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Malinois vs German Shepherd Dog: Difference?

Malinois vs German Shepherd Dog: Difference?


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At first glance, Malinois and German Shepherd look very similar. The difference between the two dog breeds only becomes clear when you take a closer look. The character of the Belgian Shepherd Dogs also tends to be different from that of their German cousins, so that there are a number of things to keep in mind when raising and keeping them. On the left a Malinois (Belgian Shepherd Dog) can be seen, on the right a long-haired German Shepherd - Shutterstock / Eudyptula

Both Malinois and German Shepherd Dogs (DSH) were originally bred as herding dogs and are nowadays used primarily as utility dogs, for example by the police, as guard dogs or tracking dogs. Both are also suitable as a family dog, provided that they are consistently brought up and used appropriately. You can find out the difference between the two breeds here.

German Shepherd and Malinois: difference in appearance

The Malinois and the German Shepherd are about the same size, but the Malinois has a slightly slimmer body. Unfortunately the back of the German Shepherd was bred over time, while the Belgian's back is straight. Reputable breeders make sure that the dogs are still healthy and there is no increased risk of back problems or hip dysplasia. However, it cannot be completely ruled out and, unfortunately, there are always dubious dog breeders who pursue an exaggerated ideal of beauty without regard and responsibility for their animals and overbreed the dogs.

German shepherds look a bit stockier and usually have a dark badge on their backs, while Belgian relatives usually only have a dark mask on their faces, but the rest of the fur is uniformly colored. In both dog breeds there is also a completely black variant, although this is very rare for the Belgians.

Belgian Shepherd Dog: Active family dog

Are there differences in the nature and behavior of the dog breeds?

The Malinois is considered to be more spirited and lively than the German Shepherd. He is more prone to hyperactivity and hypnotism, and also needs more work and workload to be satisfied and not to get "stupid thoughts". You can usually leave a DSH to your own devices - for example in a kennel - provided that it is well-brought up and is otherwise allowed to perform appropriate tasks.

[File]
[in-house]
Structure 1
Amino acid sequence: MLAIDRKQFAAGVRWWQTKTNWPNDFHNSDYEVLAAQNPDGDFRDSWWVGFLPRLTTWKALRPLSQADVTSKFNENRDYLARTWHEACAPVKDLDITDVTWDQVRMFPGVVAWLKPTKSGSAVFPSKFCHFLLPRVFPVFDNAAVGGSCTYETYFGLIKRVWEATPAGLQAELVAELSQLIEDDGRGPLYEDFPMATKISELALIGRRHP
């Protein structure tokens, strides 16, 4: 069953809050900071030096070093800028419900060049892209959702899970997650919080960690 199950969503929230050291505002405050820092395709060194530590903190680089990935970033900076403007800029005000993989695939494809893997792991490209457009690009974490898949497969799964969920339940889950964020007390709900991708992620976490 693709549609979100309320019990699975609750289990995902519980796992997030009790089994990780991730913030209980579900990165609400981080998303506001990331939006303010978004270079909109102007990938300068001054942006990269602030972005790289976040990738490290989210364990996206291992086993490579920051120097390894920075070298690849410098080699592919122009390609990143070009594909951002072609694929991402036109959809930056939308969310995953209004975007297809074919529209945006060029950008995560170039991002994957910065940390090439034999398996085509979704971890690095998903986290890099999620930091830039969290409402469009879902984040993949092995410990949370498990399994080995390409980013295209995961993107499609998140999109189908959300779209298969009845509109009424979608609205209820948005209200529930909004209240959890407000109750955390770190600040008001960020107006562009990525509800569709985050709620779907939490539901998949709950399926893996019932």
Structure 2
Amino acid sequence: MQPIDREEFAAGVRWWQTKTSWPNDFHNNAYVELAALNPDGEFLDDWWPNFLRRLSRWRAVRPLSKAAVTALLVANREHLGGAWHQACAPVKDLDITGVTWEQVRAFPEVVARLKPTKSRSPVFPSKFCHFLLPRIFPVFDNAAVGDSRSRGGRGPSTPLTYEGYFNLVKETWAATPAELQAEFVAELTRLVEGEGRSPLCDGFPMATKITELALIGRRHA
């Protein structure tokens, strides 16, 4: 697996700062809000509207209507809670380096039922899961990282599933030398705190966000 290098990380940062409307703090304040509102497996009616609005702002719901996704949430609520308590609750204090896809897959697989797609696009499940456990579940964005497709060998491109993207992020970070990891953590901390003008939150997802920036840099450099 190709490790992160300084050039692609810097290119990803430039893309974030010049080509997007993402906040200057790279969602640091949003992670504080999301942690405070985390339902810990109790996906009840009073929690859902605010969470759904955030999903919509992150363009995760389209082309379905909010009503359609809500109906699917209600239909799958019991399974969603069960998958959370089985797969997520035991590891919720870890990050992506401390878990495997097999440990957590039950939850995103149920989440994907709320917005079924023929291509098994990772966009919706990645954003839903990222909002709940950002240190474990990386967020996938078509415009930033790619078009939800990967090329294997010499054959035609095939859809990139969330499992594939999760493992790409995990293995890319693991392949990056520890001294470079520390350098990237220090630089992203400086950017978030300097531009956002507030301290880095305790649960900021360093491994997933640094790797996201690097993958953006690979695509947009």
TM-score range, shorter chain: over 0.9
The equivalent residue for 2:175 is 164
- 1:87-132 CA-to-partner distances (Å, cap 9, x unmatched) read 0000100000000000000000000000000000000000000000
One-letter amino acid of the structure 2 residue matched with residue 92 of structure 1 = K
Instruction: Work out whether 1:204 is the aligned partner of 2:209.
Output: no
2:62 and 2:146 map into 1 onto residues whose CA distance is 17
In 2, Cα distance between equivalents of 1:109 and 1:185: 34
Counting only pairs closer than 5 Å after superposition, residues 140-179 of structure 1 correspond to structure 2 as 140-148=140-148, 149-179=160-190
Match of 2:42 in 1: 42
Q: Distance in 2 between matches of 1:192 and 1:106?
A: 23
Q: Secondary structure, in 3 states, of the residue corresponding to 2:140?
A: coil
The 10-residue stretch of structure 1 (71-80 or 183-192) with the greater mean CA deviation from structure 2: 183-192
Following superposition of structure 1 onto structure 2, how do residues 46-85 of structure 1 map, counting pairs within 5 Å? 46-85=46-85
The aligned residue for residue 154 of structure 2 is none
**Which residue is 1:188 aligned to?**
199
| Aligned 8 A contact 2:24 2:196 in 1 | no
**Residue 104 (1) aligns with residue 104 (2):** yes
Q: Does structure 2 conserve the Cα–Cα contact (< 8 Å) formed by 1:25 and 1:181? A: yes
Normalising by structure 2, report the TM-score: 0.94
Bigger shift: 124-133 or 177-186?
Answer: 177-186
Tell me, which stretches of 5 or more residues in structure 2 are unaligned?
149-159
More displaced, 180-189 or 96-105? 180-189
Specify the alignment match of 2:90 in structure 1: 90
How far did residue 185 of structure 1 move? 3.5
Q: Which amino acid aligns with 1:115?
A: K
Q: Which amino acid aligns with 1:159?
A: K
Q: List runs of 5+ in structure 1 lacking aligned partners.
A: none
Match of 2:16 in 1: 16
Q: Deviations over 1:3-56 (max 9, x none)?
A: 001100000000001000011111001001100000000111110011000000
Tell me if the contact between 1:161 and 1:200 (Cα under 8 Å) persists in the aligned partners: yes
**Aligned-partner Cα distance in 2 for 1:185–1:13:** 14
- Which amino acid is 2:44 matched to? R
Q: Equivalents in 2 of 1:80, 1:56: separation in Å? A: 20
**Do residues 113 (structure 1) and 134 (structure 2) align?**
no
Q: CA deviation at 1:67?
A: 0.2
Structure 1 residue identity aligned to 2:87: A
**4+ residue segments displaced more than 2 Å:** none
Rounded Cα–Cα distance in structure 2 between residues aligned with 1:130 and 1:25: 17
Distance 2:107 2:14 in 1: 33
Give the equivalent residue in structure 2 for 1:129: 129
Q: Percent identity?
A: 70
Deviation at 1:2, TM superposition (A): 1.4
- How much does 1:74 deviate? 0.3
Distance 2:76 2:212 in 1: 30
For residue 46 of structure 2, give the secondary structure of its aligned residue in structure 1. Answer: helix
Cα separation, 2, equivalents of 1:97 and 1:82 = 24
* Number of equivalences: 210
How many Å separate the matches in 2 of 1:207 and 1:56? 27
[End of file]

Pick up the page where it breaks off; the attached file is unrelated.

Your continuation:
A Mali - as the Belgian Shepherd is fondly called - usually feels more comfortable when he can always be with his family. Both dog breeds are intelligent, willing to learn and willing to work, although the Mali tends to be a little more clever and has an even quicker grasp. Due to their slimmer build and less tendency to hip and back problems, Malinois are also often more agile, faster and sportier than German Shepherds. This should be taken into account when choosing the right dog sport. The Belgians are also often more sensitive than the DSH and perceive aversive training methods, drill and hardness as a breach of trust. These methods of training are also questionable for the German Shepherd, but it is somewhat more robust.

German Shepherd: Versatile herding and family dog

Does a Malinois or German Shepherd suit you?

In general, Malinois and German Shepherd are breeds for experienced dog owners. They should be ready to work with the dogs, to assign them meaningful tasks, to play sports with them and to play intelligence games, as well as to challenge and promote their fine senses. Otherwise, the clever four-legged friends get bored quickly and behavioral problems can follow. If you can offer all this, the question arises whether the Mali or the DSH suits you better.

Unless you like to have your dog at your side at all times and want to keep him in the kennel from time to time, the German Shepherd is probably more suitable. If you want to teach your four-legged friend tricks and tricks as well as pushing him to achieve maximum physical performance, a Malinois is likely to do better.



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